3. 2. 1. Ding. Pizza boy’s Pizza Pockets delivered in record time.
That night Katie left her crystals in a bowl of water on the eastern windowsill. “The full moon cleanses them,” she explained, and believed it.
Pizza Boy smoked acres of weed and pretended it was spiritual enlightenment. I claimed THC addict. The apartment walls, which absorbed fungus and emotion without discrimination, swelled to accommodate the exhale of his addiction. You are what you deliver: kind of hot, but mostly greasy.
Jane pretended nude modeling was a legitimate career path, like the dreadlocks made the bohemian. You think you’re developing a portfolio? No, darling, you’re developing a file folder of your own shame in black and white and tasteful sepia.
Katie pretended hippie bullshit and homeopathy gave meaning to her stagnation.
I pretended my mangled vocal chords made me mysterious, except sometimes, when the others had meandered to their beds, when I pretended they were an excuse to get drunk alone off someone else’s Johnny Walker. This was my offering to the god of the lost: drunkenness as sacrifice. I pawed at my throat. My silver scar sliced me open again and again, bleeding rivers of crimson silence.
“Let’s get you to bed,” Jane murmured. She slid finger-less gloves under my armpits, lifted me while I moved my mouth in silent protest. She eased me into my bed and climbed in beside me, brushed hair from my sodden brow, and her head propped on her gloved hand. “Who are you?” she whispered.
In darkness, the mute can only communicate with touch.
Katie burnt the tofu and the cacolalia of the smoke alarm sent me fleeing up the fire escape once more. Jane was already there, her aroma proof of a recent smoke. Dark hair prickled amid urban white noise. There was something tragic about her, one sad hippie silhouetted against the metropolis.
She turned, registered me, and arranged herself around my presence. “Can I ask you something?”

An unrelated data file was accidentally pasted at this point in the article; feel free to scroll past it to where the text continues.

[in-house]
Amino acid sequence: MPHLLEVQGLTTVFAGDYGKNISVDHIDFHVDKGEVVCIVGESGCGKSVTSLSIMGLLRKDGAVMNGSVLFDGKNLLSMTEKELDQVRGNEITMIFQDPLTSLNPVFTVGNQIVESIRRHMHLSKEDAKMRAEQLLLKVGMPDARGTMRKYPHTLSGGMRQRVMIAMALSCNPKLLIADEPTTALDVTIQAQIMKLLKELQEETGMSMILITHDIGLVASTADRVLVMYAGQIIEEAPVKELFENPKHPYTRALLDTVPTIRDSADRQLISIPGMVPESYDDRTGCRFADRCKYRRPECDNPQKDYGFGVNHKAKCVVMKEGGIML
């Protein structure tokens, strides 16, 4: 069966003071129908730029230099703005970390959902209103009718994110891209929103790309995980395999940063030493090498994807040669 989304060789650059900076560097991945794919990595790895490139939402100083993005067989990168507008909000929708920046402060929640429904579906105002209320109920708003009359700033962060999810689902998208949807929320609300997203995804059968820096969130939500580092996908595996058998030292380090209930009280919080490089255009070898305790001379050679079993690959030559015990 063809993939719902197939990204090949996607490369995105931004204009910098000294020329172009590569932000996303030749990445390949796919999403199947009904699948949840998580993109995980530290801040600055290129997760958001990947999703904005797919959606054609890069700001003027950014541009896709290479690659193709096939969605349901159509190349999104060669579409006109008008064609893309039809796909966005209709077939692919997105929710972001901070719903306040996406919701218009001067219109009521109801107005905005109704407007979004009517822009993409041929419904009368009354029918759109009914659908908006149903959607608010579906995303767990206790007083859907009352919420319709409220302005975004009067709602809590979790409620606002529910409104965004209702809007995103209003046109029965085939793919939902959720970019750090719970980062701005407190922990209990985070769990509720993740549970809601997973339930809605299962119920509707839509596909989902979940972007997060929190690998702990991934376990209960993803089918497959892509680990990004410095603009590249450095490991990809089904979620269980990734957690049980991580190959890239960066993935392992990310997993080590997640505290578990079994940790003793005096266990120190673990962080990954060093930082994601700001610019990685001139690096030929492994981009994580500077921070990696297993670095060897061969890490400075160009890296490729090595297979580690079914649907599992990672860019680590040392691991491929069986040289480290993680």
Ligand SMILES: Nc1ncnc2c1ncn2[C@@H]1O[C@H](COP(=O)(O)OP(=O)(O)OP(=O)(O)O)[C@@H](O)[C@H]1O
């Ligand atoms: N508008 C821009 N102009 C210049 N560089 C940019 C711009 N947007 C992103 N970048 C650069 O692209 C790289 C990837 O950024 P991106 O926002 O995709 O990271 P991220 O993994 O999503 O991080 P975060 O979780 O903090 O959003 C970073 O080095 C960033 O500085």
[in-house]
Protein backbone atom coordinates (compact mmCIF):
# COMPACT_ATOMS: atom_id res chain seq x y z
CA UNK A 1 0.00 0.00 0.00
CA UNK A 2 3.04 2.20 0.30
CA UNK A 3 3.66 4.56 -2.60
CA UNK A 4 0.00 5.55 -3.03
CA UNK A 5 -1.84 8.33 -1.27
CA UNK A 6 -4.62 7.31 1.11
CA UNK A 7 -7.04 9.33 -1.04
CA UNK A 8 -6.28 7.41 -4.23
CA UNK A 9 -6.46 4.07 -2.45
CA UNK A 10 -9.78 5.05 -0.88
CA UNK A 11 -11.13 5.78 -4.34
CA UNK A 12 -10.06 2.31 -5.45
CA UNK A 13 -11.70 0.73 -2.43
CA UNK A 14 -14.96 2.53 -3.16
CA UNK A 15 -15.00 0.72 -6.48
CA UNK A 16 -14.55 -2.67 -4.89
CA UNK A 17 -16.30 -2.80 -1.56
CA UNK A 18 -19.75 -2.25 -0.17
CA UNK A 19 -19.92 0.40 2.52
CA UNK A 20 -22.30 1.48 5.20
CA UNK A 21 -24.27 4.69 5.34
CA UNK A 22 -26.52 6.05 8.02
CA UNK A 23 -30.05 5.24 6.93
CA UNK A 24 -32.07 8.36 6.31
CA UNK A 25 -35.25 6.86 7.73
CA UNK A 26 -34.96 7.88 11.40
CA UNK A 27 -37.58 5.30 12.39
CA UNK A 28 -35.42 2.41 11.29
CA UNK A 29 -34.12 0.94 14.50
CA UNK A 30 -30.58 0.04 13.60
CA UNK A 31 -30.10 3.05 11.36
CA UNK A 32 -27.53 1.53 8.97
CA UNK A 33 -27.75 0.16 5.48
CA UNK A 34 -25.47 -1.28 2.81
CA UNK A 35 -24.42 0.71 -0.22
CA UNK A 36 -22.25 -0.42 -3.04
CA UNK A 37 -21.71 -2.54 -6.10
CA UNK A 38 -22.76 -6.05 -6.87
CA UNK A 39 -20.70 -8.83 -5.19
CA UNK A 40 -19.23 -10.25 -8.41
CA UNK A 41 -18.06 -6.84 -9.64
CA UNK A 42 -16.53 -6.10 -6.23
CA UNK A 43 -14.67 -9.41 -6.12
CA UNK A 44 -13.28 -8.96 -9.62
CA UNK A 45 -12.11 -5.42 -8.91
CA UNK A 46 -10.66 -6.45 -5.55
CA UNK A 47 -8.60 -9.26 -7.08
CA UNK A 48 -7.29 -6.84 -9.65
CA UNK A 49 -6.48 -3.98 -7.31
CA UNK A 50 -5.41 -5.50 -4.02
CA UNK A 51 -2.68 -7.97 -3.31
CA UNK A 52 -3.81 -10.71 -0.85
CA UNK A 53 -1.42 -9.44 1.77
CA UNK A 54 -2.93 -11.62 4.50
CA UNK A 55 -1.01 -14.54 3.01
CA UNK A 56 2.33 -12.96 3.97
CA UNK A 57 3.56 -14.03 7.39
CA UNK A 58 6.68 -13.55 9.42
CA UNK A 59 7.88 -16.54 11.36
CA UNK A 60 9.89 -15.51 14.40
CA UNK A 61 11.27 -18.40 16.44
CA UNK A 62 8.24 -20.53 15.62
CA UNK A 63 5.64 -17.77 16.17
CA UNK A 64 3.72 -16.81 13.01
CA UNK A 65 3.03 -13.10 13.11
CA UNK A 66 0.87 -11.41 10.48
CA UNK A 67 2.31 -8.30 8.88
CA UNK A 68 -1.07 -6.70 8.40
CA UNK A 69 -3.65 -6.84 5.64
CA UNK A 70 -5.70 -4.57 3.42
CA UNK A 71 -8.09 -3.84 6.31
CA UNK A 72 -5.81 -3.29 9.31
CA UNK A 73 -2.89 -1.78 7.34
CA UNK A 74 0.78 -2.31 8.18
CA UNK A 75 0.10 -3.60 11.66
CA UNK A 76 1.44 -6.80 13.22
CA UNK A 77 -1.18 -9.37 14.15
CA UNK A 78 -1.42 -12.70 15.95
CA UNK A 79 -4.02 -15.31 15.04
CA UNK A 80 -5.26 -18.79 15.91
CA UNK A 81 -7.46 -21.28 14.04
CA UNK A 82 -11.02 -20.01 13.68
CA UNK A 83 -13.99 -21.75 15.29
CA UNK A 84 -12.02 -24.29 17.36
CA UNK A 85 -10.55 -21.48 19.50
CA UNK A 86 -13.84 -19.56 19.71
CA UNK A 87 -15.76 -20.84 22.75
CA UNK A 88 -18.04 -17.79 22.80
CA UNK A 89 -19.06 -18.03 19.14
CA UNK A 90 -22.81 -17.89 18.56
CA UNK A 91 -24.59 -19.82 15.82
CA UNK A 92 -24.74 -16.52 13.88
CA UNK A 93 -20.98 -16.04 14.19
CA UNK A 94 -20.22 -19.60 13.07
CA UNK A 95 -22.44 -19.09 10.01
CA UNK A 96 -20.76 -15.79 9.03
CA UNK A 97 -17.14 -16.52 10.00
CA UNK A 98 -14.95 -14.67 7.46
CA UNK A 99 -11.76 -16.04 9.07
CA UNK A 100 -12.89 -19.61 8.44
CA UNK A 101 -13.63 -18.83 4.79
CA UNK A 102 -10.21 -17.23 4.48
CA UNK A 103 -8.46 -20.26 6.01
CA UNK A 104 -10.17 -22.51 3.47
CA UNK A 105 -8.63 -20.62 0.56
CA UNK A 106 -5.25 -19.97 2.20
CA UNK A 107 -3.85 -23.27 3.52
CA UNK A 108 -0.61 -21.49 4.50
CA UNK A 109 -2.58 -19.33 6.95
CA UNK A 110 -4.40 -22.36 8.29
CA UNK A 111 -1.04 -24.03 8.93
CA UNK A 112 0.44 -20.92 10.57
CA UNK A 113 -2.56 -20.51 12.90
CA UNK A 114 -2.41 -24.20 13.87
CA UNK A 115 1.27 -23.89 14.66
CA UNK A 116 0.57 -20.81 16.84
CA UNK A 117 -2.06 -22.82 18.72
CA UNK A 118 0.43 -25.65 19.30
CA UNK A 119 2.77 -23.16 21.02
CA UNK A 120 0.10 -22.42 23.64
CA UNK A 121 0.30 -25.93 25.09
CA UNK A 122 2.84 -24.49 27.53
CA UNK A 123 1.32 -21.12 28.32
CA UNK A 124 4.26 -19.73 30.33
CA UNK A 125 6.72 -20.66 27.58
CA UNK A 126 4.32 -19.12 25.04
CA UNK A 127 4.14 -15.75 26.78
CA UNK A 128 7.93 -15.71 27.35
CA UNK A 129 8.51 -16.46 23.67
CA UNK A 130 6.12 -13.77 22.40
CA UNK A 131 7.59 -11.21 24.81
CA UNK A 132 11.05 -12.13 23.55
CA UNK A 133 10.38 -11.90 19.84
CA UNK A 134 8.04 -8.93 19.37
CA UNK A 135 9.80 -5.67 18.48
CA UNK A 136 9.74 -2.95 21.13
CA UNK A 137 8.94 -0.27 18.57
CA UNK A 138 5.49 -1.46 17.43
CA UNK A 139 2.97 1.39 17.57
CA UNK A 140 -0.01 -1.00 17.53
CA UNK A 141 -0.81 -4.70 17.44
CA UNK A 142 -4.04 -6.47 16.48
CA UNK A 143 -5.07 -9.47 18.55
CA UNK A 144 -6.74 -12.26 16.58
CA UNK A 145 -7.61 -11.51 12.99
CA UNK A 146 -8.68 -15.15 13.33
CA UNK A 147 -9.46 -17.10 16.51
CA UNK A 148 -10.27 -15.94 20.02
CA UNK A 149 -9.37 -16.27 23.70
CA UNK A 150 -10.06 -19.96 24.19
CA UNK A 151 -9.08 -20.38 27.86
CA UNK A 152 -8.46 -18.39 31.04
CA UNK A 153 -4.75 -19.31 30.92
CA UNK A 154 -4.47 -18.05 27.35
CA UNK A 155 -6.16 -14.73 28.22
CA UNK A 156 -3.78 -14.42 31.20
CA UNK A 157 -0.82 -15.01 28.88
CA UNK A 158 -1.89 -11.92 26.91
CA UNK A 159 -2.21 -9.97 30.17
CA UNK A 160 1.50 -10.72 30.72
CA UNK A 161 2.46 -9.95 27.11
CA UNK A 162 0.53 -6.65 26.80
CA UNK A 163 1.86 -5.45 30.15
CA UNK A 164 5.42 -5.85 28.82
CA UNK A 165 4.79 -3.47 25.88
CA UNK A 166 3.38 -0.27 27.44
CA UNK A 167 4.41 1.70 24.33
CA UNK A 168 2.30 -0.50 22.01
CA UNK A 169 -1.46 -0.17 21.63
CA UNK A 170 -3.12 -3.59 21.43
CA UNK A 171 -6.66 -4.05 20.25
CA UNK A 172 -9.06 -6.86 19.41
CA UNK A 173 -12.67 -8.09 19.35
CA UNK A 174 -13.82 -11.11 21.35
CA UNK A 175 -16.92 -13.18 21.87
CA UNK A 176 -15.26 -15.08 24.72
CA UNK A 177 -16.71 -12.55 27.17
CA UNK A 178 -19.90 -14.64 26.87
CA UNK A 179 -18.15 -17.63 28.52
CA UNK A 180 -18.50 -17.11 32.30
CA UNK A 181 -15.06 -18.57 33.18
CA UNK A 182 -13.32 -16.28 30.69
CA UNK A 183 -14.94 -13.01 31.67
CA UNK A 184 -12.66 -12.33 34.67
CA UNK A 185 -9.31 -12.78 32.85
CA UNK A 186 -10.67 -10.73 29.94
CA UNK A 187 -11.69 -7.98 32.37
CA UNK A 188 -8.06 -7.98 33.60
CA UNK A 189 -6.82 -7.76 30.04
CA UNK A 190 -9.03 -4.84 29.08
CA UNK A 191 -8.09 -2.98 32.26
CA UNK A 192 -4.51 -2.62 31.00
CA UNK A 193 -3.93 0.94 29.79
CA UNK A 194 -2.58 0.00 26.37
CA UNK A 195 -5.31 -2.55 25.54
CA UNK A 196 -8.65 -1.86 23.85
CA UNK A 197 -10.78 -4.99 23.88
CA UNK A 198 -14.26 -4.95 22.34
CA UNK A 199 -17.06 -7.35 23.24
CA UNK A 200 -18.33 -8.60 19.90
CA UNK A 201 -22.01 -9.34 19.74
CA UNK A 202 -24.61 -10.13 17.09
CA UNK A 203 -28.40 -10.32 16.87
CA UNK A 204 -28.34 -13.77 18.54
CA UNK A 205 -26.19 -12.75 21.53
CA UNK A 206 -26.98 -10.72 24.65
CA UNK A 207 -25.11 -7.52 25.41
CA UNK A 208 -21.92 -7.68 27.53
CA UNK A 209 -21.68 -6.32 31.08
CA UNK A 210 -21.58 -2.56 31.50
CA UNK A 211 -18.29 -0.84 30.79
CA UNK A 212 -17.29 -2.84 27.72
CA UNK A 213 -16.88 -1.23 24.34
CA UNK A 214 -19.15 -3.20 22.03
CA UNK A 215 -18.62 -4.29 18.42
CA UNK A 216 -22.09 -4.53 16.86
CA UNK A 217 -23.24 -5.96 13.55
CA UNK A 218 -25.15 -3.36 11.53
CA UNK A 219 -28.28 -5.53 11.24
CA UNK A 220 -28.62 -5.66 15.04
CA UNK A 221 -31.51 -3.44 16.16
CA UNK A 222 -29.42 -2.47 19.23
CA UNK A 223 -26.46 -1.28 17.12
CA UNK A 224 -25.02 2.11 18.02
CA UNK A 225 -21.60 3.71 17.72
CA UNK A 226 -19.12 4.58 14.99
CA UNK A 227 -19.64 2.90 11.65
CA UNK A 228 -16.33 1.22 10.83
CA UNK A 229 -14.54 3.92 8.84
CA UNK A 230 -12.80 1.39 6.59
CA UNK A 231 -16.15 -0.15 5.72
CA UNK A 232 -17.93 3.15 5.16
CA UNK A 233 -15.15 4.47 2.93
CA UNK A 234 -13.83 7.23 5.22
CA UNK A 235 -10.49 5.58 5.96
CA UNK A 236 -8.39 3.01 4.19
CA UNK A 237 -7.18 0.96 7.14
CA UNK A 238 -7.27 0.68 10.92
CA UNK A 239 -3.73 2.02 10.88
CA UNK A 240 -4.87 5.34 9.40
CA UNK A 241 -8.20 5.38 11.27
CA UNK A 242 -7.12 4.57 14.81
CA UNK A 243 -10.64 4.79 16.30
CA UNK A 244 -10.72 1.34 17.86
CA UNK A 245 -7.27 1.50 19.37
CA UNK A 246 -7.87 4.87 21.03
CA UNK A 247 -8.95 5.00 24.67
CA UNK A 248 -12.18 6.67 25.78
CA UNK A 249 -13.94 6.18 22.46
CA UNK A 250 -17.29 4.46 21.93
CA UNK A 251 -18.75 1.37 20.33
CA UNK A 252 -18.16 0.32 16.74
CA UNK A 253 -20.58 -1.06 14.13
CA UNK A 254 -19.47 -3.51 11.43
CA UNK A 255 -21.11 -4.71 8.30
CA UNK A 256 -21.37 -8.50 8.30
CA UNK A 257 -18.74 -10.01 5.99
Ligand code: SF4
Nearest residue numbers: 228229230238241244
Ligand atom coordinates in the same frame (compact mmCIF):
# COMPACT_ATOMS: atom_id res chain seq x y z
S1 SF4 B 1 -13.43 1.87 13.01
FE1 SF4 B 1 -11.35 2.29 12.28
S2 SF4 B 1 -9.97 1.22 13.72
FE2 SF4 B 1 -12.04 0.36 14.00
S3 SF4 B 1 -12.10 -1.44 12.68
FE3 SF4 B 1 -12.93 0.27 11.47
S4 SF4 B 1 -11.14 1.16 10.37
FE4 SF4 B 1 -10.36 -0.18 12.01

I could have tried to stop her, but her truth was a flood.
“How am I supposed to get to know you? And I mean, how are you going to get anywhere in your life if you won’t communicate? I’m trying to get through to you, Jesus Christ. I’m trying, but you have to meet me in the middle! Just… just start with your name. Just your name! That’s all I need.”
Something crepuscular rose in me. My tongue stirred unbidden, swelled until I gagged on my own impotence.
“Just say something!” Jane begged.
I pulled away down the iron staircase into our smoky grotty. Katie was waving a towel at the smoke detector. I ripped the towel from her hands, slammed the tofu pan onto that sick linoleum. Salt shaker, tea kettle, somebody’s hideous Matryoshka dolls crashed to the floor around me. How’s that for language, fuckers?
Call me Katrina; Call me Sandy; Call me Irene. Silver scar be damned, the levees are breaking and I am bursting through.
PJ put himself in my way. He was immovable. “What. The fuck. Are you doing?” Marijuana greened his expression. “You’re going to clean this up.” Katie peered out from the kitchen holding the smoking frying pan.
The fire escape creaked and Jane appeared inside. She dreamed up beaches and I littered them. She wrote symphonies with her words and my silence was off key.
In the company of mismatched, washed up humanity, I signed. I had sworn never again to sign, because some languages are best left where they belong. But my fingers explained everything my tongue couldn’t: my history, how I had ended up on this third-floor walk-up with a bunch of hippie wannabes and no future. I signed about the desolation I came from and why I left, how I got my silver scar, and what happened the day my fingers caressed their last signed syllable. And then, accompanied by choking sobs that made no sound, my tears their own floodwaters, I signed how desperately I wanted to belong. I signed to Jane, and she watched. Like an infant, she understood none of it.
“I can’t,” Jane said. She shrugged, washed her hands of me.
“You heard her,” said the threat vice-gripped between PJ’s eyebrows.
I couldn’t even grab my sketchbook.
The stairway sneezed mold spores at me, chewed me up, spat me out onto the sidewalk. The city whisper-screamed untrue rumors. I looked up: proto-dreads leaned out of a third-floor window; finger-less gloves clutched the sill. I think she wanted to tell me something, but I can’t be sure. From her expression, it almost seemed she’d lost the ability to speak.